You can also search for this author in PubMed Google Scholar
You can also search for this author in PubMed Google Scholar
You can also search for this author in PubMed Google Scholar
You can also search for this author in PubMed Google Scholar
You can also search for this author in PubMed Google Scholar
You can also search for this author in PubMed Google Scholar
You can also search for this author in PubMed Google Scholar
You can also search for this author in PubMed Google Scholar
You can also search for this author in PubMed Google Scholar
Y.Z. participated in the study design and coordination, designed the experimental validation analysis and prepared the manuscript. N.L. offered material support for the obtained funding and supervised the study. W.C. and Z.M. performed most of the experiments and statistical analyses and prepared the manuscript. L.Y. provided the clinical samples. The other authors performed parts of the experiments. All authors reviewed and approved the final manuscript.
Correspondence to Na Lin or Yanqiong Zhang.
The authors declare no competing interests.
Publisher’s note Springer Nature remains neutral with regard to jurisdictional claims in published maps and institutional affiliations.
Open Access This article is licensed under a Creative Commons Attribution 4.0 International License, which permits use, sharing, adaptation, distribution and reproduction in any medium or format, as long as you give appropriate credit to the original author(s) and the source, provide a link to the Creative Commons license, and indicate if changes were made. The images or other third party material in this article are included in the article’s Creative Commons license, unless indicated otherwise in a credit line to the material. If material is not included in the article’s Creative Commons license and your intended use is not permitted by statutory regulation or exceeds the permitted use, you will need to obtain permission directly from the copyright holder. To view a copy of this license, visit http://creativecommons.org/licenses/by/4.0/.
Reprints and Permissions
Chen, W., Ma, Z., Yu, L. et al. Preclinical investigation of artesunate as a therapeutic agent for hepatocellular carcinoma via impairment of glucosylceramidase-mediated autophagic degradation. Exp Mol Med (2022). https://doi.org/10.1038/s12276-022-00780-6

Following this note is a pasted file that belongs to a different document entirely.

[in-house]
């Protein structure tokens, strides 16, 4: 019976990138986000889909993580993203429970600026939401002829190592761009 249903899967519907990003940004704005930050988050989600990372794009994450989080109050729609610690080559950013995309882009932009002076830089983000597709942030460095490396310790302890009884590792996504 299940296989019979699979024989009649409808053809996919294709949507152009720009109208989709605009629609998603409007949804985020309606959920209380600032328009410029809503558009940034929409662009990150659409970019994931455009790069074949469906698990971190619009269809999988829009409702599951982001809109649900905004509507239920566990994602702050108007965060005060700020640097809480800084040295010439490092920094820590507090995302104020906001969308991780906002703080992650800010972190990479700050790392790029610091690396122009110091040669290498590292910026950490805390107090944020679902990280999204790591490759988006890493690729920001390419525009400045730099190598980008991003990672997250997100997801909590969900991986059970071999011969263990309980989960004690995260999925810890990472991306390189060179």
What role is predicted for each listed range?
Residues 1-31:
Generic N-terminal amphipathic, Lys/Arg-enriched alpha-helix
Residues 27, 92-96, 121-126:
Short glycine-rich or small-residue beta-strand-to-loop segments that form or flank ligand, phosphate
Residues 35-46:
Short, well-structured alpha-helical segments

Download citation
Received:
Revised:
Accepted:
Published:
DOI: https://doi.org/10.1038/s12276-022-00780-6
Anyone you share the following link with will be able to read this content:
Sorry, a shareable link is not currently available for this article.

Provided by the Springer Nature SharedIt content-sharing initiative
Confirmation that the malaria drug artesunate targets a key enzyme overexpressed in aggressive liver cancer suggests it may be a novel therapeutic option for the disease. High levels of an enzyme called glucosylceramidase (GBA) are associated with poor prognosis in liver cancer, according to research conducted by Yanqiong Zhang and Na Lin at the Institute of Chinese Materia Medica, China Academy of Chinese Medical Sciences, Beijing, and co-workers. In experiments on rat and mouse models and human cell lines, the team demonstrated that high GBA levels over activated autophagic flux, accelerated the rate at which cellular material may be degraded and recycled in balanced, healthy cells. This disturbance enables liver cancer to progress. The researchers found that artesunate can suppress GBA expression levels and restore normal autophagic flux, boosting the drug’s anticancer activity.
Advertisement
Advanced search
Experimental & Molecular Medicine (Exp Mol Med) ISSN 2092-6413 (online) ISSN 1226-3613 (print)
© 2022 Springer Nature Limited

source

Shop Sephari

Leave a Reply